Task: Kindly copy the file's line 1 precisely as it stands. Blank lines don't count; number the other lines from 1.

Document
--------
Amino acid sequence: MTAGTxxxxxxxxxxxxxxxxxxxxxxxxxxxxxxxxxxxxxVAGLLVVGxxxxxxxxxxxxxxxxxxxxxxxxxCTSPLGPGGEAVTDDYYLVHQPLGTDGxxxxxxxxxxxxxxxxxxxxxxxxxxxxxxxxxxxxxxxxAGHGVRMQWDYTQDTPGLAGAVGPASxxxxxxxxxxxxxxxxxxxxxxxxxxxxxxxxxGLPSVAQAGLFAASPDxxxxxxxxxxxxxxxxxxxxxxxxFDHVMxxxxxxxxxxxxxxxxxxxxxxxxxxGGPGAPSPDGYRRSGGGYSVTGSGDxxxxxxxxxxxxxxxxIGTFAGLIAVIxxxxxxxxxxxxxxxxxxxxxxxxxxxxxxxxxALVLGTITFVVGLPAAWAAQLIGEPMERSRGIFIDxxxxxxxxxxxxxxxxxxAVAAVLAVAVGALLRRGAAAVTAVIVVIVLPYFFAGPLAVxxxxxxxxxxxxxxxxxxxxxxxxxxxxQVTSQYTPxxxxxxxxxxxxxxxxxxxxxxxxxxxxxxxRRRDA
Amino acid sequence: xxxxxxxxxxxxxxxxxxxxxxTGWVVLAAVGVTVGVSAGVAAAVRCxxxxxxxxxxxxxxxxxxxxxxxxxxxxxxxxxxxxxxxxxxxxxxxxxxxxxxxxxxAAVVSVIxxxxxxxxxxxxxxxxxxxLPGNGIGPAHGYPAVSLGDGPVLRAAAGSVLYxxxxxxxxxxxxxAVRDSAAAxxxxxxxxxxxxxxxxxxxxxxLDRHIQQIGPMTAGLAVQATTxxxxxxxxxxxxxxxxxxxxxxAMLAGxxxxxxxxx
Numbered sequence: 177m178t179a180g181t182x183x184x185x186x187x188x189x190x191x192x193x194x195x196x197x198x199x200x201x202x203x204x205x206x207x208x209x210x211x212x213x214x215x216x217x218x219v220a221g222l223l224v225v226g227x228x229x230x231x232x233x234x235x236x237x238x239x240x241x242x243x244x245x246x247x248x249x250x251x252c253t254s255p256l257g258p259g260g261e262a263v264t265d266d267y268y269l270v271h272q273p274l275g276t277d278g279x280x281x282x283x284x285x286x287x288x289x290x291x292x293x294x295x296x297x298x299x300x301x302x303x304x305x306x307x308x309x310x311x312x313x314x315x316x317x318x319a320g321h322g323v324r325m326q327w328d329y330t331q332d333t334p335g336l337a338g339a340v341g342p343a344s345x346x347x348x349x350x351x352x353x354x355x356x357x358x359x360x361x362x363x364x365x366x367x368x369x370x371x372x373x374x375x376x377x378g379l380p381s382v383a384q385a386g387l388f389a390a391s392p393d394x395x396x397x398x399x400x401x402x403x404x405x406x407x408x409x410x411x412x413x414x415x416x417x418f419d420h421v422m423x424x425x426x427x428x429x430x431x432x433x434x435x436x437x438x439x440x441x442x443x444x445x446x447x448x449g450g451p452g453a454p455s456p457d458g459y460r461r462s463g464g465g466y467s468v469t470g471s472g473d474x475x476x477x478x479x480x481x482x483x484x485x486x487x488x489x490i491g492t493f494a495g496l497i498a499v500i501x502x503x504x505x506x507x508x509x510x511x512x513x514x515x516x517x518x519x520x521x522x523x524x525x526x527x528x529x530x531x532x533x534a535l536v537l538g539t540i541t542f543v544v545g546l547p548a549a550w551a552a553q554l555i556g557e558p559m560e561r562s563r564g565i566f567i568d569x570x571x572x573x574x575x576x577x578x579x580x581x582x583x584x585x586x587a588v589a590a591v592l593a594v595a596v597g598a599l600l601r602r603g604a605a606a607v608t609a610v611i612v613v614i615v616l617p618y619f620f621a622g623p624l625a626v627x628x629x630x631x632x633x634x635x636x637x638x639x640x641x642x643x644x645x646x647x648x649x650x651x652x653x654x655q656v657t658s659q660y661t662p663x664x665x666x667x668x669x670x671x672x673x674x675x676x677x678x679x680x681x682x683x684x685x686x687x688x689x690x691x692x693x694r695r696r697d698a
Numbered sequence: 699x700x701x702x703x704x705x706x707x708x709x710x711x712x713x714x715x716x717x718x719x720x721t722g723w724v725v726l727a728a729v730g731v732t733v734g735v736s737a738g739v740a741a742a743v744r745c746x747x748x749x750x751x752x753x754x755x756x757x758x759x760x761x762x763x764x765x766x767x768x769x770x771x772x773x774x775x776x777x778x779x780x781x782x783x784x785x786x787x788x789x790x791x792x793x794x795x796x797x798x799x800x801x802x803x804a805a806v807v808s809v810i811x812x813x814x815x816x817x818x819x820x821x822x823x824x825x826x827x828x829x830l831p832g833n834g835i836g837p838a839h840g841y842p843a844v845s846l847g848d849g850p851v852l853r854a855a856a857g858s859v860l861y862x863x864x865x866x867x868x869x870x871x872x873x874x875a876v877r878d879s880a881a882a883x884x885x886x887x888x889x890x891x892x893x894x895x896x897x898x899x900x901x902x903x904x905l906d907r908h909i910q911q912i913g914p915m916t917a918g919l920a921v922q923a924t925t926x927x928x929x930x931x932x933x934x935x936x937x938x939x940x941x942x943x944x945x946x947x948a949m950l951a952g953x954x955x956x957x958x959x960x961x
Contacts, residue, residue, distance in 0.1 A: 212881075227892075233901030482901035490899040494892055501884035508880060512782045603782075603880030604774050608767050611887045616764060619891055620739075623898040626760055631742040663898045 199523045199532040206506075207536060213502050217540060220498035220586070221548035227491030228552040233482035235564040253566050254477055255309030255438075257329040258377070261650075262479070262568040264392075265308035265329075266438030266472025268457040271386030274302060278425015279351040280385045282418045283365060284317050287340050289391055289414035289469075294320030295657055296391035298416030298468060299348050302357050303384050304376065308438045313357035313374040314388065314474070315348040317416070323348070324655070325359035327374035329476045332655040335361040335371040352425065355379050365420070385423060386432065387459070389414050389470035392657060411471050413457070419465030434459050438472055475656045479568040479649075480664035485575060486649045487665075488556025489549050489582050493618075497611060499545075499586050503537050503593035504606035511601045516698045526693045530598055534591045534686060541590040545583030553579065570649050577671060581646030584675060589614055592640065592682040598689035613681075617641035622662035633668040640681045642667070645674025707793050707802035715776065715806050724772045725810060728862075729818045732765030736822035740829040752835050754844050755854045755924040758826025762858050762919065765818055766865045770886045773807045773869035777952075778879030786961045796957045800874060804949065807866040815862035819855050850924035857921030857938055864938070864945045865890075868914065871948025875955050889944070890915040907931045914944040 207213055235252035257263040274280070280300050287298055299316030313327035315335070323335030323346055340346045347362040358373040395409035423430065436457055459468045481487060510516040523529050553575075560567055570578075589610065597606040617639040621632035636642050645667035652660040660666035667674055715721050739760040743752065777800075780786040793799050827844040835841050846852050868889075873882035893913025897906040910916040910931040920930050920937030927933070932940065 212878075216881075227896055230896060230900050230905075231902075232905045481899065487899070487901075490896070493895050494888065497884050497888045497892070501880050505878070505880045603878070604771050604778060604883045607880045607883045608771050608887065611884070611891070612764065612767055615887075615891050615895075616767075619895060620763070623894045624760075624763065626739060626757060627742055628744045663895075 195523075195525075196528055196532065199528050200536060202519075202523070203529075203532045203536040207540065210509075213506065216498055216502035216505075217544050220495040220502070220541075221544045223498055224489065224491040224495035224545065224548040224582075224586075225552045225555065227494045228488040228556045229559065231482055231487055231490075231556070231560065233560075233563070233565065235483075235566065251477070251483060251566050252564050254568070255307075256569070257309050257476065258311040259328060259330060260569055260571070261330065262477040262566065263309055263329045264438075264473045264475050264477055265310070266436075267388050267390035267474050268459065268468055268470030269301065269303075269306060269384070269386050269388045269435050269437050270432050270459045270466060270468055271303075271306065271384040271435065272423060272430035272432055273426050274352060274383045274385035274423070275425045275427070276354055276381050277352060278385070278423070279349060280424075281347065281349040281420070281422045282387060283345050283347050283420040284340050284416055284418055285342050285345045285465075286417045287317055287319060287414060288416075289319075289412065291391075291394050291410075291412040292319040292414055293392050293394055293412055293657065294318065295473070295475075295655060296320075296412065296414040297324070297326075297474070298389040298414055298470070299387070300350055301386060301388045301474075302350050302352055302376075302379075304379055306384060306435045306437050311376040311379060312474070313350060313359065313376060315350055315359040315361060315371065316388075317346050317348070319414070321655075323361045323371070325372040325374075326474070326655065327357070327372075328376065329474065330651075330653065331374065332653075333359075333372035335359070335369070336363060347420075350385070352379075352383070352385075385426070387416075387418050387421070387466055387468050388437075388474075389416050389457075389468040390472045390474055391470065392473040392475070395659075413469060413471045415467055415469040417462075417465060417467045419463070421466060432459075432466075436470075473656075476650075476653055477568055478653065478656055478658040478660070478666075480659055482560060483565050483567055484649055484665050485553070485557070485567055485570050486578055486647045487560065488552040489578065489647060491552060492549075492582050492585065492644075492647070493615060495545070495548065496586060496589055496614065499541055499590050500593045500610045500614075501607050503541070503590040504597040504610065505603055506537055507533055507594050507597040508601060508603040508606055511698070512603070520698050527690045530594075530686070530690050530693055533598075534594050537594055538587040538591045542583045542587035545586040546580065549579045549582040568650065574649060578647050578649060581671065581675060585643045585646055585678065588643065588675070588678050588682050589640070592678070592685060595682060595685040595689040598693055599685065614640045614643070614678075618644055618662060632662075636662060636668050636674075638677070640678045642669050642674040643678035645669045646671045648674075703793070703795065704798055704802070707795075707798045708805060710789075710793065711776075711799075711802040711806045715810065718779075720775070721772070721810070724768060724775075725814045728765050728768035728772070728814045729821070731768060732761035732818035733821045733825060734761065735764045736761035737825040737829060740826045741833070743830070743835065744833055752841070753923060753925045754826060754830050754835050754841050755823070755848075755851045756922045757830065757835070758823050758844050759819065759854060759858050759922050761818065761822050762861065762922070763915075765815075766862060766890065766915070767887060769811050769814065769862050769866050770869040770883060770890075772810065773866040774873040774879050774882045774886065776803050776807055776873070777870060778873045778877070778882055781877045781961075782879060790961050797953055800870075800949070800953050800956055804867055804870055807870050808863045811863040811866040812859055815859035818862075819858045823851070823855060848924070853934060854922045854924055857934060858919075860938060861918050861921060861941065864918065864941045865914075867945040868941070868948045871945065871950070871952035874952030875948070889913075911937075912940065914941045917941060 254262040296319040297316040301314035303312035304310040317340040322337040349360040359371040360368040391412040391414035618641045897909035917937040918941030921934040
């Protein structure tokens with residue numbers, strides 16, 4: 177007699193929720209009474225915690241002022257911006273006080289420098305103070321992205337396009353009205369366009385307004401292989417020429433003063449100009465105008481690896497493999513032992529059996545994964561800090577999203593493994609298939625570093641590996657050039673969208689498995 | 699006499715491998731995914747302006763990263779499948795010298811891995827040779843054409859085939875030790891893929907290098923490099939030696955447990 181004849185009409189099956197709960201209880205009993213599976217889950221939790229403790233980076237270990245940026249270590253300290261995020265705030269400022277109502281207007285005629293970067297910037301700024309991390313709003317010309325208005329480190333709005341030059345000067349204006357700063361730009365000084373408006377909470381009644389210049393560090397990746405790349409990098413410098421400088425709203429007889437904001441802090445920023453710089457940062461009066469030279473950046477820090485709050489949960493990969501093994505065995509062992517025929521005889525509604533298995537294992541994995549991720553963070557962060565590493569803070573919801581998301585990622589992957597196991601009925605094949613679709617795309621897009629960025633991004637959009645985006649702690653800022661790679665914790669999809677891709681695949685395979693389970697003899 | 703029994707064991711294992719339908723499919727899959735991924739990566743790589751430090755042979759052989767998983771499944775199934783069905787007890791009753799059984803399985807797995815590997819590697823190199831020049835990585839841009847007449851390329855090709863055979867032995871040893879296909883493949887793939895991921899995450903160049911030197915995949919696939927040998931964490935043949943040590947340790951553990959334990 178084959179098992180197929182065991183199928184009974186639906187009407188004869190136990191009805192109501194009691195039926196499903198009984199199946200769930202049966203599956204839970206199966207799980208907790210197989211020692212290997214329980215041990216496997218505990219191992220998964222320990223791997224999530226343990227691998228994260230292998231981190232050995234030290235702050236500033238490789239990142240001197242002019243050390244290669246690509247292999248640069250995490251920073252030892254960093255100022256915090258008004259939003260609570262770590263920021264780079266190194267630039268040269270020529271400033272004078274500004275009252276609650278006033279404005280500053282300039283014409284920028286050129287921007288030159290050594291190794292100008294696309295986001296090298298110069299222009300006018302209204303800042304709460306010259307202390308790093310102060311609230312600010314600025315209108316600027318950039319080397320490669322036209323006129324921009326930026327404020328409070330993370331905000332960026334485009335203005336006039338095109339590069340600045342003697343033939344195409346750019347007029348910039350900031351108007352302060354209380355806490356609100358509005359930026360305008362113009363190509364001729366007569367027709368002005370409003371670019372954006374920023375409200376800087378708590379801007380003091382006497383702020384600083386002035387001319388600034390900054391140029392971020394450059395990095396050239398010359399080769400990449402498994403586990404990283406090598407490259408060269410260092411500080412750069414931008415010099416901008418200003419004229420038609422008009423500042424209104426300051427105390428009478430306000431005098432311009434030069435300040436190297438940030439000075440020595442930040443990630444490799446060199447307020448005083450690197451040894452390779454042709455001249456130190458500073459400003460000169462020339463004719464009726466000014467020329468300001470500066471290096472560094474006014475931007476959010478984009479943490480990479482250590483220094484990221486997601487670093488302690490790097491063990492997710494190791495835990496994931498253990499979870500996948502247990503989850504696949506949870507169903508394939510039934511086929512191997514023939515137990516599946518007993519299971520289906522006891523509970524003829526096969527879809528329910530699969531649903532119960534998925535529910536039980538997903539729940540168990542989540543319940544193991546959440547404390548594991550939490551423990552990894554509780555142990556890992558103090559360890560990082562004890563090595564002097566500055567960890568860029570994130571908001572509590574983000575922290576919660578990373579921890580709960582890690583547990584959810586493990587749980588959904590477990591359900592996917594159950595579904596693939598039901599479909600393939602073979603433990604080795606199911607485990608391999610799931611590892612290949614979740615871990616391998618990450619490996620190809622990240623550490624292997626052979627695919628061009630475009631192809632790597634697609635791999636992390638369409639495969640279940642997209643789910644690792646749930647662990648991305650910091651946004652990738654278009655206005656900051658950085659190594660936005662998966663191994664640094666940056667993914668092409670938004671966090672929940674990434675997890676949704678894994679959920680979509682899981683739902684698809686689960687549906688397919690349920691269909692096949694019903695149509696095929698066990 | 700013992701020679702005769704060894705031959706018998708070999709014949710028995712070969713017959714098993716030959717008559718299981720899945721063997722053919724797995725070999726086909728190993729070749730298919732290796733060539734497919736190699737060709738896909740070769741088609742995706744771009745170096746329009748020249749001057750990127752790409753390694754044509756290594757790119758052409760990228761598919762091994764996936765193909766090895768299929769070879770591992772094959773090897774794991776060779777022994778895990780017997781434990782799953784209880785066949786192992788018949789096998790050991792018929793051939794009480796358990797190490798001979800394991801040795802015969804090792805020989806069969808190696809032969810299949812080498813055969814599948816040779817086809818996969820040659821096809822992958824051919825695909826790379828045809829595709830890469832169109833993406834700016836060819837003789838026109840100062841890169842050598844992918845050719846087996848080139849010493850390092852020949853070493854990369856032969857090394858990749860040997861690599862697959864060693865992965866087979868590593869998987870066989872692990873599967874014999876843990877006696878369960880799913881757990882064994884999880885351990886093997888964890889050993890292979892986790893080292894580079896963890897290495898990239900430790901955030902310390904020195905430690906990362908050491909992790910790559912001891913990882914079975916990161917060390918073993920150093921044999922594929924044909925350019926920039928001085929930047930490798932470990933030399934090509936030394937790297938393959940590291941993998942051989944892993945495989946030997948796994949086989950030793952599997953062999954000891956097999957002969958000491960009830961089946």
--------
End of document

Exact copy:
Amino acid sequence: MTAGTxxxxxxxxxxxxxxxxxxxxxxxxxxxxxxxxxxxxxVAGLLVVGxxxxxxxxxxxxxxxxxxxxxxxxxCTSPLGPGGEAVTDDYYLVHQPLGTDGxxxxxxxxxxxxxxxxxxxxxxxxxxxxxxxxxxxxxxxxAGHGVRMQWDYTQDTPGLAGAVGPASxxxxxxxxxxxxxxxxxxxxxxxxxxxxxxxxxGLPSVAQAGLFAASPDxxxxxxxxxxxxxxxxxxxxxxxxFDHVMxxxxxxxxxxxxxxxxxxxxxxxxxxGGPGAPSPDGYRRSGGGYSVTGSGDxxxxxxxxxxxxxxxxIGTFAGLIAVIxxxxxxxxxxxxxxxxxxxxxxxxxxxxxxxxxALVLGTITFVVGLPAAWAAQLIGEPMERSRGIFIDxxxxxxxxxxxxxxxxxxAVAAVLAVAVGALLRRGAAAVTAVIVVIVLPYFFAGPLAVxxxxxxxxxxxxxxxxxxxxxxxxxxxxQVTSQYTPxxxxxxxxxxxxxxxxxxxxxxxxxxxxxxxRRRDA